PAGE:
As an employee, you depend upon your job for your livelihood. The last thing you want to do is rock the boat and put your paycheck at risk. But what happens when you find out your employer is engaged in wrongdoing? Do you report it? If so, will you get fired? To make such a difficult decision, it’s important to understand what can and cannot happen if you choose to become a whistleblower.
What is a qui tam lawsuit?
Qui tam is a specific type of whistleblower action. The False Claims Act is a federal law which prohibits private entities from defrauding the federal government. In order to assist enforcement of the law, the Act also allows private citizens (employees) to file suit on behalf of the federal government when they become aware that their employer is engaged in such fraud. This is a qui tam lawsuit – when an employee files suit against a company for fraud perpetrated against a federal agency.
Once a suit is filed, the government may choose to join the lawsuit or it may not. There is a monetary incentive to encourage employees to become whistleblowers – if the suit is successful, the employee can receive anywhere from 15% to 30% of any penalties levied against the company for its violations.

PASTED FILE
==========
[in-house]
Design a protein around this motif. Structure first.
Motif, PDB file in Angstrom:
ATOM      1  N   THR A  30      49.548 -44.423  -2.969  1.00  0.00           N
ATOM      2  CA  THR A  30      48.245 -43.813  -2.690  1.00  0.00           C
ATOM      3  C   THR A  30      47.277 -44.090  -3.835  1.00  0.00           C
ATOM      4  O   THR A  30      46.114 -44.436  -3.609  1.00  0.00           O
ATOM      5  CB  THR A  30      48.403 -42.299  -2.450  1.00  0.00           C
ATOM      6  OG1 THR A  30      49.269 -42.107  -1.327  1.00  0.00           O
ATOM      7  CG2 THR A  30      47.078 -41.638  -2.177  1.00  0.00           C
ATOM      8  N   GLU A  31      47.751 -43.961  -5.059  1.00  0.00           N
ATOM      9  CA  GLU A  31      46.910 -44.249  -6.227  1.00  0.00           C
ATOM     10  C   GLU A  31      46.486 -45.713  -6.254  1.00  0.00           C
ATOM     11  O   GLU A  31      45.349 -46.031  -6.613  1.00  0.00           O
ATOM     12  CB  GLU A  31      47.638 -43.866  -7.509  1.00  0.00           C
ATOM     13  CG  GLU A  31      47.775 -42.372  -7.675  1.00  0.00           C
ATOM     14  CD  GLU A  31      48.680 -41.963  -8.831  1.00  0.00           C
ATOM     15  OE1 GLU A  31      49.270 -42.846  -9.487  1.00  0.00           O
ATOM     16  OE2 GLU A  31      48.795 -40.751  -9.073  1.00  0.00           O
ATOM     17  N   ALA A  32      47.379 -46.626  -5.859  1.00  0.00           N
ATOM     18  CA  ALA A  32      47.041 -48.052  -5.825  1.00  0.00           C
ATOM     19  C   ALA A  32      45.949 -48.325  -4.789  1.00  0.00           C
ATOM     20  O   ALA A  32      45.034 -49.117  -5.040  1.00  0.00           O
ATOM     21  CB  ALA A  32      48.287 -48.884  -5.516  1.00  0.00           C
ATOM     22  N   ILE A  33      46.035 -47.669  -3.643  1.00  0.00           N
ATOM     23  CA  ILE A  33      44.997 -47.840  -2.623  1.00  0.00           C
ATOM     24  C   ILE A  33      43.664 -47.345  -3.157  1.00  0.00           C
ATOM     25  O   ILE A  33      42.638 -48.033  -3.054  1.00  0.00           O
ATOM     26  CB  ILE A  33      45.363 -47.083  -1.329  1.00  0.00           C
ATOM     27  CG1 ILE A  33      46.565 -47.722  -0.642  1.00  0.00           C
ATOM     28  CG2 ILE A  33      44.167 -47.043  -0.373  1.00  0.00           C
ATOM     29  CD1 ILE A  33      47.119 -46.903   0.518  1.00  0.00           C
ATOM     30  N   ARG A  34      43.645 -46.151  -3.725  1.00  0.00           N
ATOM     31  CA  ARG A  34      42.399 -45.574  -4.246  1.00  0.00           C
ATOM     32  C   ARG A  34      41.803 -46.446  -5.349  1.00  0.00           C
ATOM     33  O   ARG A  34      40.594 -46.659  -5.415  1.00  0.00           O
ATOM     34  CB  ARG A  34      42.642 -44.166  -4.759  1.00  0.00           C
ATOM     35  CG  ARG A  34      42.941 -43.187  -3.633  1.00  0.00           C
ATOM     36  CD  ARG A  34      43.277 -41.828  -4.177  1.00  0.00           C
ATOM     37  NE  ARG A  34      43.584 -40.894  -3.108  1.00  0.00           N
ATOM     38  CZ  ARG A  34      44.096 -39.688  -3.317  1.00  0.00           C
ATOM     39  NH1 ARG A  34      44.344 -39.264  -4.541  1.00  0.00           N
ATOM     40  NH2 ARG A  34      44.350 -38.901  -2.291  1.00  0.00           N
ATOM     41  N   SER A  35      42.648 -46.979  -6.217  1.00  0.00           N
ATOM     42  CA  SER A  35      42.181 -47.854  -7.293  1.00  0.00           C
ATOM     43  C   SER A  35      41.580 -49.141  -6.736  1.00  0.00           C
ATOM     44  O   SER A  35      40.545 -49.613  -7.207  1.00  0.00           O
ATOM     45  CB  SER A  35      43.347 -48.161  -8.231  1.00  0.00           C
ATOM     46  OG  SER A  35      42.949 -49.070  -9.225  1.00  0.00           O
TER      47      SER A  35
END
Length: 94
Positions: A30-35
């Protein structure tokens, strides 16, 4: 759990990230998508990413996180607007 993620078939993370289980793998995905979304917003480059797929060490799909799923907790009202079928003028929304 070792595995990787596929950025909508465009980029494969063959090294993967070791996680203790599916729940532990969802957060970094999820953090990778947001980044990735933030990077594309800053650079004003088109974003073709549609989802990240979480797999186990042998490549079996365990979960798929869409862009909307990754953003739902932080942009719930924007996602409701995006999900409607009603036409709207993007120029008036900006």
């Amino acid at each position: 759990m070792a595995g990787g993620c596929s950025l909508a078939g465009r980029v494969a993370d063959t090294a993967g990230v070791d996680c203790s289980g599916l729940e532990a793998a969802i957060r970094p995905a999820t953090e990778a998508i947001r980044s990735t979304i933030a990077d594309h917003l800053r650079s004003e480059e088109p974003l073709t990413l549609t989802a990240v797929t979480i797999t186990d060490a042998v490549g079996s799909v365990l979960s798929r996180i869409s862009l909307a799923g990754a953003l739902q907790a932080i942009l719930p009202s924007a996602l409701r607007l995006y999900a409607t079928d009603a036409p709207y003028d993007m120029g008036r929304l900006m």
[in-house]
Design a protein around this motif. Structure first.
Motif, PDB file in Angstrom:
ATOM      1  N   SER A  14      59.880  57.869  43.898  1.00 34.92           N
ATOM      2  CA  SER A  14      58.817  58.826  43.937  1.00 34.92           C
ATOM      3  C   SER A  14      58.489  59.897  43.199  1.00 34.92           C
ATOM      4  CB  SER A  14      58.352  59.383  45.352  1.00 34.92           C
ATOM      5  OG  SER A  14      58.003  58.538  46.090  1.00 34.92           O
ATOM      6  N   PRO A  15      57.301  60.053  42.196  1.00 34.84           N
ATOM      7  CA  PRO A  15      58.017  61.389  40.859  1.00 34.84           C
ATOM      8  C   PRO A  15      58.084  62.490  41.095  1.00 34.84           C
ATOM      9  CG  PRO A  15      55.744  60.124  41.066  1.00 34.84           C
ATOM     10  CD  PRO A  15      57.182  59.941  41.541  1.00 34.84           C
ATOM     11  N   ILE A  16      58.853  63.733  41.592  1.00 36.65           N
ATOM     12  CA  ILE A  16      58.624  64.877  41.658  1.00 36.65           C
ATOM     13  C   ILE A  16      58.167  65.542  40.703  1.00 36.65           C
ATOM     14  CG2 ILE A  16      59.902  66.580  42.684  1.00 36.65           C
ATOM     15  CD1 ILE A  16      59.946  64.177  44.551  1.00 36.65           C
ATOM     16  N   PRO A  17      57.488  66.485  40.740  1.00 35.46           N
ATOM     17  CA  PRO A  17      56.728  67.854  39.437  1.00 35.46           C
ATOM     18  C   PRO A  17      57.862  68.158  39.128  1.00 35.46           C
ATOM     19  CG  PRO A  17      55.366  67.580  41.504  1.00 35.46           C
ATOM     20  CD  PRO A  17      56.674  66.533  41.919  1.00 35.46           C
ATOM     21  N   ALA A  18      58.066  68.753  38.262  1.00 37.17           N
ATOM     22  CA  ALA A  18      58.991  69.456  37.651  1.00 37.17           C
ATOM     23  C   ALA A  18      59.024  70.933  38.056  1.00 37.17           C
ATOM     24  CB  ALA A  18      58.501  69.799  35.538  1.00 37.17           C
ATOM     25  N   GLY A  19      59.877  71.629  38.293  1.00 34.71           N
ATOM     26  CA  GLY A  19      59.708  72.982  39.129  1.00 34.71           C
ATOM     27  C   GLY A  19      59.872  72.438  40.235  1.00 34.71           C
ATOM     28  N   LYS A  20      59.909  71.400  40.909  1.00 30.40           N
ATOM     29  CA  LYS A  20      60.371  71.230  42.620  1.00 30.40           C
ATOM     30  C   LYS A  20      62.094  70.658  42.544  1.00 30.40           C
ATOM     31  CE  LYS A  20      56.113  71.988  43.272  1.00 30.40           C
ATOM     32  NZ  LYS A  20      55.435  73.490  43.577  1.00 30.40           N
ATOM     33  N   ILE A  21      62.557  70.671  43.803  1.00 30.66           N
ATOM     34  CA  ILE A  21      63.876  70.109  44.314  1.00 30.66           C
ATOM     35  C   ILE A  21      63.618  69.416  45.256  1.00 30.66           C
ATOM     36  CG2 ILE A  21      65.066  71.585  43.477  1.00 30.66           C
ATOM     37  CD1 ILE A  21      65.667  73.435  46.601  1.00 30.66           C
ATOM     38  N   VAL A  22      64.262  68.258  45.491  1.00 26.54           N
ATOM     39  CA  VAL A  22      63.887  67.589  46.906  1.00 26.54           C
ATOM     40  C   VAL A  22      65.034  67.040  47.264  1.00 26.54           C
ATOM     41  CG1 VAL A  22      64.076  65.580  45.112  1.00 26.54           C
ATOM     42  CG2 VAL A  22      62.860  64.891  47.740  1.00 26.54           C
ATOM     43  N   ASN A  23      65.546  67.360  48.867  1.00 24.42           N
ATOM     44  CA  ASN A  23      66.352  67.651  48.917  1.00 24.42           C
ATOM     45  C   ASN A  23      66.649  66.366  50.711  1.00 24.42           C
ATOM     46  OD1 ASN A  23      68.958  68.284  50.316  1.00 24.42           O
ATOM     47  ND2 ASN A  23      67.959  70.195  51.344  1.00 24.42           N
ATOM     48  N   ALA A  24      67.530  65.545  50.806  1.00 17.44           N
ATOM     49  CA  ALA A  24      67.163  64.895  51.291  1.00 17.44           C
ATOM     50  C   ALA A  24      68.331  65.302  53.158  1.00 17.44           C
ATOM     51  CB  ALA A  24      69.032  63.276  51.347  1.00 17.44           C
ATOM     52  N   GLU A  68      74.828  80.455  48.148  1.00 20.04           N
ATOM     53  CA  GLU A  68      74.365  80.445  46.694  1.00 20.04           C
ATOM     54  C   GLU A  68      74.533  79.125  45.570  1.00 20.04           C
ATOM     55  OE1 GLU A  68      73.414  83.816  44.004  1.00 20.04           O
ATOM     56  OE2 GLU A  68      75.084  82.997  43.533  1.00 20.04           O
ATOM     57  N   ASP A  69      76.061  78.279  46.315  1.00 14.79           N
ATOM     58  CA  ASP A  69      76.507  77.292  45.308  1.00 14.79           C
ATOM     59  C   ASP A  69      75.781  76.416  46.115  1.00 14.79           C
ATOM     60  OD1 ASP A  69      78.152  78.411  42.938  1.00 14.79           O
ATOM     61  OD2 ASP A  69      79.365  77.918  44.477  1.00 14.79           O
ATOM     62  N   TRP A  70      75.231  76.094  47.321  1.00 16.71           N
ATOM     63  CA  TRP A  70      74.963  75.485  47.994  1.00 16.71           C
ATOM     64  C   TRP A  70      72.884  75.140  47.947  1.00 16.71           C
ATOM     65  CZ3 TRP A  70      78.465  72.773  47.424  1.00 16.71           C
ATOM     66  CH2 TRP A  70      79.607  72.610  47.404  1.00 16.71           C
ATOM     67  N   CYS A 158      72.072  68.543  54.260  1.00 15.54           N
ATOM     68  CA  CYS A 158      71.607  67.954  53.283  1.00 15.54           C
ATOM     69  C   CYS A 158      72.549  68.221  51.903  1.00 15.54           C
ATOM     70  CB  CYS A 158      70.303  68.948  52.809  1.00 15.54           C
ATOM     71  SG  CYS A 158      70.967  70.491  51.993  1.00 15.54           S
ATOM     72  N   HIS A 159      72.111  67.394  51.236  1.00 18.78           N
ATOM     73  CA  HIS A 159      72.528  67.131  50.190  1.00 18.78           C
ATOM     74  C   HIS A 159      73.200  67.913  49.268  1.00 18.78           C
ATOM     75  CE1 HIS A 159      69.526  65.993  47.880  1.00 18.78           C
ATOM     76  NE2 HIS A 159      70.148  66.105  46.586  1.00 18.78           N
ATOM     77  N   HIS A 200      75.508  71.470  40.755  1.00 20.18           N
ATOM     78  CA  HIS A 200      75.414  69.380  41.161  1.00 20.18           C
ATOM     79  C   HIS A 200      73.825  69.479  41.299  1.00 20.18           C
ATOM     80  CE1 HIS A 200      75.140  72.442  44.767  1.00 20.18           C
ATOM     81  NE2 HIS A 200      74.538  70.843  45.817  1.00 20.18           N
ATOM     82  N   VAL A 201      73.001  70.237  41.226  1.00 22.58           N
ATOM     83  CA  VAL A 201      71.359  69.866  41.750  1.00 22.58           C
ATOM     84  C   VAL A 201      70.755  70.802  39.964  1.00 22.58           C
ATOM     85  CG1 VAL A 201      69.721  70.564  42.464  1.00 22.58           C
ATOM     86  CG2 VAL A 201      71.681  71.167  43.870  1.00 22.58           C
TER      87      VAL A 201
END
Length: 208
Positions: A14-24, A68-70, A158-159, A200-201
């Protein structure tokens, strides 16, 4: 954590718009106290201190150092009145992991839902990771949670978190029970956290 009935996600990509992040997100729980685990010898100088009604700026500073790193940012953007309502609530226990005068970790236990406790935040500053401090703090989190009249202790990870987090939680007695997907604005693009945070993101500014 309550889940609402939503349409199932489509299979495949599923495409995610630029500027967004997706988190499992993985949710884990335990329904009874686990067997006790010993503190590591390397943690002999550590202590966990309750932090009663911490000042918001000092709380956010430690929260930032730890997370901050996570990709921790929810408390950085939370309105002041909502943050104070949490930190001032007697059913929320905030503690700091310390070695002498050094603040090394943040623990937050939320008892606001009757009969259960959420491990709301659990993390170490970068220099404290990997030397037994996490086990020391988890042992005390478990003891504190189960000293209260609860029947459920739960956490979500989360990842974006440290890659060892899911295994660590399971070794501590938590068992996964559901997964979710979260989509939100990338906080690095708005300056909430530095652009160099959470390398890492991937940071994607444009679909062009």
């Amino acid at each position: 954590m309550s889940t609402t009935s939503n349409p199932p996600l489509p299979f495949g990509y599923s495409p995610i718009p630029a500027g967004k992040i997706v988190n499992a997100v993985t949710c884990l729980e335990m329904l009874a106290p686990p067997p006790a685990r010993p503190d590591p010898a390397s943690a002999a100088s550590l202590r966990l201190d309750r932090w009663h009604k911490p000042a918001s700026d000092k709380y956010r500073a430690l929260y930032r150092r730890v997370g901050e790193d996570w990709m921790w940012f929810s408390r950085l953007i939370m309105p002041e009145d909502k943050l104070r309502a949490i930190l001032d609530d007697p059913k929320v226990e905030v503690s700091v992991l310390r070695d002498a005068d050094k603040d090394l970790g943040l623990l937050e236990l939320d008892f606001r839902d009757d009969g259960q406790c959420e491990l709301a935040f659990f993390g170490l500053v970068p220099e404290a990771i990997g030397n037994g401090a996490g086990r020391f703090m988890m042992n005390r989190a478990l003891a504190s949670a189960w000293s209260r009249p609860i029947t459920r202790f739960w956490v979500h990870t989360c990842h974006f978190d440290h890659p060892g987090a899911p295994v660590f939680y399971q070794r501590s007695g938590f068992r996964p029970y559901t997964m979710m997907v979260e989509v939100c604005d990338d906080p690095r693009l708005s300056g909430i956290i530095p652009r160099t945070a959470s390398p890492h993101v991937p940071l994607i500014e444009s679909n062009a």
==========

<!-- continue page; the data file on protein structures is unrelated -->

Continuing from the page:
Can the company retaliate?
No, it cannot. The False Claims Act specifically bars an employer from taking negative action against an employee for bringing a lawful qui tam action. The employer may not discharge, demote, suspend, threaten, harass or otherwise discriminate against the employee. If the employer does so, the Act permits the employee to bring another suit against the employer for retaliation.